Beyoncé writes open letter calling for charges in Breonna Taylor case

Beyoncé Knowles-Carter has written an open letter to Kentucky Attorney General Daniel Cameron (R) calling for justice for Breonna Taylor, an unarmed black woman who was fatally shot by police in her own home in Louisville earlier this year, noting the lack of arrests made in the case.

“Three months have passed – and zero arrest have been made and no officers have been fired. The [Louisville Metro Police Department’s] investigation was turned over to your office, and yet all of the officers involved in the shooting remain employed by the LMPD. Sgt. Jonathan Mattingly, and Officers Myles Cosgrove and Brett Hankison must be held accountable for their actions,” the Grammy award-winning singer wrote in the letter.

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“Three months have passed — and Breonna Taylor’s family still waits for justice. Ms. Taylor’s family has not been able to take time to process and grieve. Instead, they have been working tirelessly to rally the support of friends, their community, and the country to obtain justice for Breonna,” she continued.

Taylor died at the age of 26 in early March after local police officers in plainclothes with a no-knock warrant entered her Louisville home. Taylor and her boyfriend were asleep but woke up shortly after, suspecting their home had been broken into. Taylor's boyfriend fired at one of the officers, and the officers opened fire in the home, shooting Taylor eight times.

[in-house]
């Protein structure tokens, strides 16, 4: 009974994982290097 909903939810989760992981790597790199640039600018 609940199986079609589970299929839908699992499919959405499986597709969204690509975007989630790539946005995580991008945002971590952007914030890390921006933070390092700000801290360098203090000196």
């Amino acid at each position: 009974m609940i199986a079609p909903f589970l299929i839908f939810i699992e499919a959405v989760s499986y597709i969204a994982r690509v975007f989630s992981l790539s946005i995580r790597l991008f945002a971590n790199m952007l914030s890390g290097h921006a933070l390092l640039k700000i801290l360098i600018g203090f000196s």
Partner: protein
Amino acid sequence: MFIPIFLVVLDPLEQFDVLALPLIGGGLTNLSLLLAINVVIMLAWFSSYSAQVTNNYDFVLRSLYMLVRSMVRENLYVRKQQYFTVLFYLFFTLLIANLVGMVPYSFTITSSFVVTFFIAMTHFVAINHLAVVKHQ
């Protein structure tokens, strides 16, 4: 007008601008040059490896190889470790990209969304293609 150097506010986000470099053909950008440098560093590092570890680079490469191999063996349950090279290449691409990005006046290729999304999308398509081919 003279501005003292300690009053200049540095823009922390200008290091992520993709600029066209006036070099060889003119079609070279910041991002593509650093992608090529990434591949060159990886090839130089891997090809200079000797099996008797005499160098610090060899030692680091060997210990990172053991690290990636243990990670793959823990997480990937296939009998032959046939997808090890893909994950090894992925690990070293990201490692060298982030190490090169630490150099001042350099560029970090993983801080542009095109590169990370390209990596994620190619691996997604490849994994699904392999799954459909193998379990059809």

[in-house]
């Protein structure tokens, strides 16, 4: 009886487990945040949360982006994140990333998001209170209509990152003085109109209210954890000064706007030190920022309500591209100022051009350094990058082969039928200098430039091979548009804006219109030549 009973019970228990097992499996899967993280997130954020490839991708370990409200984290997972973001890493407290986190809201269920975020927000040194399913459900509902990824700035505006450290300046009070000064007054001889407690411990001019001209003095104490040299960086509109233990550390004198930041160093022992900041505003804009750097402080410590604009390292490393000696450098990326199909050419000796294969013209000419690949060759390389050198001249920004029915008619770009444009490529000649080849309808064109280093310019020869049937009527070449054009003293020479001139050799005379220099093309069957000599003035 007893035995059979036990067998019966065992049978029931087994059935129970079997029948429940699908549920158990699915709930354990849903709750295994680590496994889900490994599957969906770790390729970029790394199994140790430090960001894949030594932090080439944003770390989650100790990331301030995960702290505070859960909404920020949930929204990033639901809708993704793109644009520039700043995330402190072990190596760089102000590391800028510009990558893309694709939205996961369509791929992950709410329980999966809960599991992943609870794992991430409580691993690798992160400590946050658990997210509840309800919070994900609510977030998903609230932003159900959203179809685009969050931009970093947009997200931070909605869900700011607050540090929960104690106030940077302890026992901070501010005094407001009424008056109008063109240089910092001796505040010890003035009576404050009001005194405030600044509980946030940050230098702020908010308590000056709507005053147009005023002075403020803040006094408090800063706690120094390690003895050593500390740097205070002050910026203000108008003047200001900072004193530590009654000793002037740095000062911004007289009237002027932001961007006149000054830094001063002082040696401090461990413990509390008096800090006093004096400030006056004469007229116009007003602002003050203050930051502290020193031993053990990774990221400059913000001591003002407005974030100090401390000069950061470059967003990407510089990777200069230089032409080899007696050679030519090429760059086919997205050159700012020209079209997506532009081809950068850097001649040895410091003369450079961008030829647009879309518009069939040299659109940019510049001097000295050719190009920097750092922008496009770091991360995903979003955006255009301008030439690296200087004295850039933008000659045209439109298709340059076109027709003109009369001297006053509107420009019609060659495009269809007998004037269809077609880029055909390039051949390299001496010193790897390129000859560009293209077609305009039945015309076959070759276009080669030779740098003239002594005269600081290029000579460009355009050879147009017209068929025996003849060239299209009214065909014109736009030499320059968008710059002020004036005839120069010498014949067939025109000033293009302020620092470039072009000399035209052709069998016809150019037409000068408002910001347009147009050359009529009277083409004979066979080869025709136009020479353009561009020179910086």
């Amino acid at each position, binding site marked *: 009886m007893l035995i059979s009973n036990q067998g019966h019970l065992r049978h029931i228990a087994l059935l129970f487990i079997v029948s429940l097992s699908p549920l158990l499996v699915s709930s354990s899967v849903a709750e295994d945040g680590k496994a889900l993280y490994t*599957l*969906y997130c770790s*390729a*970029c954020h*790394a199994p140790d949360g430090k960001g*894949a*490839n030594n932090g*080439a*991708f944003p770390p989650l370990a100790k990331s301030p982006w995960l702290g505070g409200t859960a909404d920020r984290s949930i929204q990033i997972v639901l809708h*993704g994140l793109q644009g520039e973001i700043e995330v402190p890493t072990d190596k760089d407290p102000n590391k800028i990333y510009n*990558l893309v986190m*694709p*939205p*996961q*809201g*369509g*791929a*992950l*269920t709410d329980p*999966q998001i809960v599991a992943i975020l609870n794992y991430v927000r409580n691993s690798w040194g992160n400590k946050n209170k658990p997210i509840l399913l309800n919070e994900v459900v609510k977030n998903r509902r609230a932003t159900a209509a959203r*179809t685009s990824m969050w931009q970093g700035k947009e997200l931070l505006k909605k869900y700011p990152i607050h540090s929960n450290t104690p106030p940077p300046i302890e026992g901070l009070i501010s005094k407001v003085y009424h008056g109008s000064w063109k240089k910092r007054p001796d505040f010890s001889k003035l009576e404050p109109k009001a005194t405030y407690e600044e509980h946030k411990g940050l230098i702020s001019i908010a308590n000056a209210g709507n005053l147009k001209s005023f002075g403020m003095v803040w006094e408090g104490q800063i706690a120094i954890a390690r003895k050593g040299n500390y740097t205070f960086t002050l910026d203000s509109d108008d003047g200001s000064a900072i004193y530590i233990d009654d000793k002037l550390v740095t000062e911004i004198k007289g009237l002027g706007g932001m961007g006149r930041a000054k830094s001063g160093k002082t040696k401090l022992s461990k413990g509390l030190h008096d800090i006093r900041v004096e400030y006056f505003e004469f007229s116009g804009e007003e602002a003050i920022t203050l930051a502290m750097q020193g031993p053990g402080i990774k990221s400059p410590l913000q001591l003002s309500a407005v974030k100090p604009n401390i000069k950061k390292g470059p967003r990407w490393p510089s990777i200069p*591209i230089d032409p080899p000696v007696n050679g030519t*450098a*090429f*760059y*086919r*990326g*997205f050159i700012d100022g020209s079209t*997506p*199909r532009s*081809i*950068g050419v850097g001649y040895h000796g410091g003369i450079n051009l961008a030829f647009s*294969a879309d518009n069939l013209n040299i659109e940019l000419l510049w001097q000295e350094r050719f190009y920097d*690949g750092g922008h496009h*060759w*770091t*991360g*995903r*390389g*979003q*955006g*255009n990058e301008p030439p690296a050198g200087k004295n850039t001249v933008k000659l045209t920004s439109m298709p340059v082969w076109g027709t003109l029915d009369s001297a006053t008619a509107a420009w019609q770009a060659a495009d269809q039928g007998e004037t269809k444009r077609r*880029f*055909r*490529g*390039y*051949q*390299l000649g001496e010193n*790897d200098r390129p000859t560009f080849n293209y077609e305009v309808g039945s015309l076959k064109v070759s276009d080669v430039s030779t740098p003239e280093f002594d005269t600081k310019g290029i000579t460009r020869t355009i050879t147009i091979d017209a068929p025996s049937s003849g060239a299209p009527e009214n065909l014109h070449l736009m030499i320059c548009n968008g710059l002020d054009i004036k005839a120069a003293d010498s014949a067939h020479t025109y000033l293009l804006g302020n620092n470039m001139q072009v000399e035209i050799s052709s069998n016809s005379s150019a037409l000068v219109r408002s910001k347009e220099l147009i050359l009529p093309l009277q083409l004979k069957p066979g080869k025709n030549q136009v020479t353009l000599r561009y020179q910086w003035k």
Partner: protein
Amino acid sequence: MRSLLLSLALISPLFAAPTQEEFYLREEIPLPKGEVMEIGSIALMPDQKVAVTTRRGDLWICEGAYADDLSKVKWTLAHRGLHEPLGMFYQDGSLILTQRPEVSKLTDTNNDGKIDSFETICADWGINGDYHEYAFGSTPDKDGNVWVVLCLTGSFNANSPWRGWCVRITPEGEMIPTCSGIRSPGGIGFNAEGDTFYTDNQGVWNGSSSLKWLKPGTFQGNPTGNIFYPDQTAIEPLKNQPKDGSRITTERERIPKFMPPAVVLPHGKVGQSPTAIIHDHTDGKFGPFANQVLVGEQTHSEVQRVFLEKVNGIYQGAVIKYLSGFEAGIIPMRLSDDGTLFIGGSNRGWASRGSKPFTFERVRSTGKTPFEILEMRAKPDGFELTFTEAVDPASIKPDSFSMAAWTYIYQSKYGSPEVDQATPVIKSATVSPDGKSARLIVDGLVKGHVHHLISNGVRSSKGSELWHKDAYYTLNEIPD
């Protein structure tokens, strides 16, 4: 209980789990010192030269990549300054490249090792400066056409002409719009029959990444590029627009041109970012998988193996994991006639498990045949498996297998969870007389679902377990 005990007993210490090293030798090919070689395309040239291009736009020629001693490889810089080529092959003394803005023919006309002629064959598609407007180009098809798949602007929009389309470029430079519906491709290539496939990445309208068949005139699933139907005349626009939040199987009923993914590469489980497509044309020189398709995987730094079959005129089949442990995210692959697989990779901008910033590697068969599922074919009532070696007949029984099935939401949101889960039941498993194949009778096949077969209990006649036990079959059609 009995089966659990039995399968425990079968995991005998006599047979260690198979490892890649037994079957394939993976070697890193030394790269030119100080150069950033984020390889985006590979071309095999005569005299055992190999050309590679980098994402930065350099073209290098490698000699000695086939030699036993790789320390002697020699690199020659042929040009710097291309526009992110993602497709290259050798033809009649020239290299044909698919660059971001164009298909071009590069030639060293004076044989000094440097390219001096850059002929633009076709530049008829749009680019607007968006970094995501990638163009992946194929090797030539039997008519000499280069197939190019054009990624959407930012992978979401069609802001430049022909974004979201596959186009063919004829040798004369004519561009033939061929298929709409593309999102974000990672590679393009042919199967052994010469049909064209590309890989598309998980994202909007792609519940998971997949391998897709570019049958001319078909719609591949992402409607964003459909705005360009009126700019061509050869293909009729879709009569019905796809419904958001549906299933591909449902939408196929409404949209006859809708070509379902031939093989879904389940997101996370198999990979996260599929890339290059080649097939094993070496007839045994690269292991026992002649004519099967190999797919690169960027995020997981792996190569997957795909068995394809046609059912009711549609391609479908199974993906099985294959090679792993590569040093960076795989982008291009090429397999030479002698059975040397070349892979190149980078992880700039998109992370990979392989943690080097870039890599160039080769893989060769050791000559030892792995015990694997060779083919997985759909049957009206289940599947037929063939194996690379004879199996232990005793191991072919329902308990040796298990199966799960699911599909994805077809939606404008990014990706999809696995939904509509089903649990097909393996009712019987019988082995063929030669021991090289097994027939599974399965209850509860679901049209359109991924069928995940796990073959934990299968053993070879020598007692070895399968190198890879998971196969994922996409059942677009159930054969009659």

The cops had been executing the warrant as part of a drug case, though no drugs were uncovered at the residence.

In her letter on Sunday, Knowles-Carter told Cameron, “Your office has both the power and the responsibility to bring justice to Breonna Taylor, and demonstrate the value of a Black woman’s life.”

“I urge you to use that power and: Bring charges against Jonathan Mattingly, Myles Cosgrove and Brett Hankison. Commit to transparency in the investigation and prosecution of these officers’ criminal conduct. Investigate the LMPD’s response to Breonna Taylor’s murder, as well the pervasive practices that result in the repeated deaths of unarmed Black citizens,” she continued.

“Don’t let this case fall into the pattern of no action after a terrible tragedy,” she wrote. “With every death of a Black person at the hands of the police, there are two real tragedies: the death itself, and the inaction and delays that follow it.”

“This is your chance to end that pattern. Take swift and decisive action in charging the officers. The next months cannot look like the last three,” she added.